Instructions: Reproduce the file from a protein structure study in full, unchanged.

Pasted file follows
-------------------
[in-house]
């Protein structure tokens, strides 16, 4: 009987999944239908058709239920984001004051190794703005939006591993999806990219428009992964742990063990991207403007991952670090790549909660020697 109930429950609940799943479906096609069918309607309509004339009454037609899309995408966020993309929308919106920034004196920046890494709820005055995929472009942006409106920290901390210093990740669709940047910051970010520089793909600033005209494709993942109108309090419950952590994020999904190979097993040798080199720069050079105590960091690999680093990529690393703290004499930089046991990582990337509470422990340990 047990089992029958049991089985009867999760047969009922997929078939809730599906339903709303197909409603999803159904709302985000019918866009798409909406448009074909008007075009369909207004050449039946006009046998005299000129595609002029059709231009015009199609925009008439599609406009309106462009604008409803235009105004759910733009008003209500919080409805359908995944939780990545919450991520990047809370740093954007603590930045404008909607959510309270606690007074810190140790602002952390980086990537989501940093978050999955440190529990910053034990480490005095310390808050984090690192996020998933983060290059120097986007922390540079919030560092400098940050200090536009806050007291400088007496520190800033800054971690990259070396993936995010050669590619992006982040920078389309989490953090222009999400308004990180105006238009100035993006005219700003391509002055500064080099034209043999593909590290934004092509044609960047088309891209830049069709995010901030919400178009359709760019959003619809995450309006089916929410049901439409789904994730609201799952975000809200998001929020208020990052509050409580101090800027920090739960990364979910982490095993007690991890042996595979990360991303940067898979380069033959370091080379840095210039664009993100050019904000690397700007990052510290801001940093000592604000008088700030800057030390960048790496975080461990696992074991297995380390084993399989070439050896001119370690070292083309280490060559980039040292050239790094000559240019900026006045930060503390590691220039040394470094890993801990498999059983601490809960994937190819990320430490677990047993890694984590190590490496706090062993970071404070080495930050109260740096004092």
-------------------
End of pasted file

[in-house]
């Protein structure tokens, strides 16, 4: 009987999944239908058709239920984001004051190794703005939006591993999806990219428009992964742990063990991207403007991952670090790549909660020697 109930429950609940799943479906096609069918309607309509004339009454037609899309995408966020993309929308919106920034004196920046890494709820005055995929472009942006409106920290901390210093990740669709940047910051970010520089793909600033005209494709993942109108309090419950952590994020999904190979097993040798080199720069050079105590960091690999680093990529690393703290004499930089046991990582990337509470422990340990 047990089992029958049991089985009867999760047969009922997929078939809730599906339903709303197909409603999803159904709302985000019918866009798409909406448009074909008007075009369909207004050449039946006009046998005299000129595609002029059709231009015009199609925009008439599609406009309106462009604008409803235009105004759910733009008003209500919080409805359908995944939780990545919450991520990047809370740093954007603590930045404008909607959510309270606690007074810190140790602002952390980086990537989501940093978050999955440190529990910053034990480490005095310390808050984090690192996020998933983060290059120097986007922390540079919030560092400098940050200090536009806050007291400088007496520190800033800054971690990259070396993936995010050669590619992006982040920078389309989490953090222009999400308004990180105006238009100035993006005219700003391509002055500064080099034209043999593909590290934004092509044609960047088309891209830049069709995010901030919400178009359709760019959003619809995450309006089916929410049901439409789904994730609201799952975000809200998001929020208020990052509050409580101090800027920090739960990364979910982490095993007690991890042996595979990360991303940067898979380069033959370091080379840095210039664009993100050019904000690397700007990052510290801001940093000592604000008088700030800057030390960048790496975080461990696992074991297995380390084993399989070439050896001119370690070292083309280490060559980039040292050239790094000559240019900026006045930060503390590691220039040394470094890993801990498999059983601490809960994937190819990320430490677990047993890694984590190590490496706090062993970071404070080495930050109260740096004092």